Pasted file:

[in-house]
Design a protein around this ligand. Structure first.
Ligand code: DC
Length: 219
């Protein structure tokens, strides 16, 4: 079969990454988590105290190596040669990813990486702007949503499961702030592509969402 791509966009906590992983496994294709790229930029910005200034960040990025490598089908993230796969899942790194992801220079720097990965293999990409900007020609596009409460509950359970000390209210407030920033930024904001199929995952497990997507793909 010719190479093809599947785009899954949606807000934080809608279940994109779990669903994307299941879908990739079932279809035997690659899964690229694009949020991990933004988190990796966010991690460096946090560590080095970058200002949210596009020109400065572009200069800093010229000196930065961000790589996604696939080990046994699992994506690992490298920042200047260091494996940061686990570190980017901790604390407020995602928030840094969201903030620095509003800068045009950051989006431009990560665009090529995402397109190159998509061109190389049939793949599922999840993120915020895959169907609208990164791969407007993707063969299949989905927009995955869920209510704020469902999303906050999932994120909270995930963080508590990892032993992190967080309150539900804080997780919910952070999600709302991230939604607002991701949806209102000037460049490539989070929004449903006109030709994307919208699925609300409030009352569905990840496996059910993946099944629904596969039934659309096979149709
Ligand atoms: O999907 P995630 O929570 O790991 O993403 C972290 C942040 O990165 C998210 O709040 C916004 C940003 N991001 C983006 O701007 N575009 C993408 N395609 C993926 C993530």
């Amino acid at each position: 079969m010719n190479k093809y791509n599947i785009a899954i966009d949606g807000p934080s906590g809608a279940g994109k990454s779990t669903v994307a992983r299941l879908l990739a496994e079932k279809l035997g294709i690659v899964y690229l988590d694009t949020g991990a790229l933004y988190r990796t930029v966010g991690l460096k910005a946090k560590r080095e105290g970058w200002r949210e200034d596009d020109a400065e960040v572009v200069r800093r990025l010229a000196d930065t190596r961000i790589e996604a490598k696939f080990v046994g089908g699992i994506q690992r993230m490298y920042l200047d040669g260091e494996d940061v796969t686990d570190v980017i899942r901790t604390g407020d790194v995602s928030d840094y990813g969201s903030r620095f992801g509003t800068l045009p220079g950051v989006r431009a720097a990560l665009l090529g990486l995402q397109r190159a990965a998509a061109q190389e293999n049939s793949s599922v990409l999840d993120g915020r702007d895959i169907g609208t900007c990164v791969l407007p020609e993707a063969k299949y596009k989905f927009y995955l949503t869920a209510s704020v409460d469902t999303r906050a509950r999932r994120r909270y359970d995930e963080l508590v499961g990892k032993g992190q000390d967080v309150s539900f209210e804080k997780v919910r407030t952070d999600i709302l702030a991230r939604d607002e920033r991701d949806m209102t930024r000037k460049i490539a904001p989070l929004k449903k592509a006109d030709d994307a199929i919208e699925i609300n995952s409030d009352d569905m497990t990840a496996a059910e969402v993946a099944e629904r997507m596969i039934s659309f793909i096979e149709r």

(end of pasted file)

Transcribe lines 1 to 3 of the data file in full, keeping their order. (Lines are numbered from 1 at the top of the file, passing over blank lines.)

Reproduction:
[in-house]
Design a protein around this ligand. Structure first.
Ligand code: DC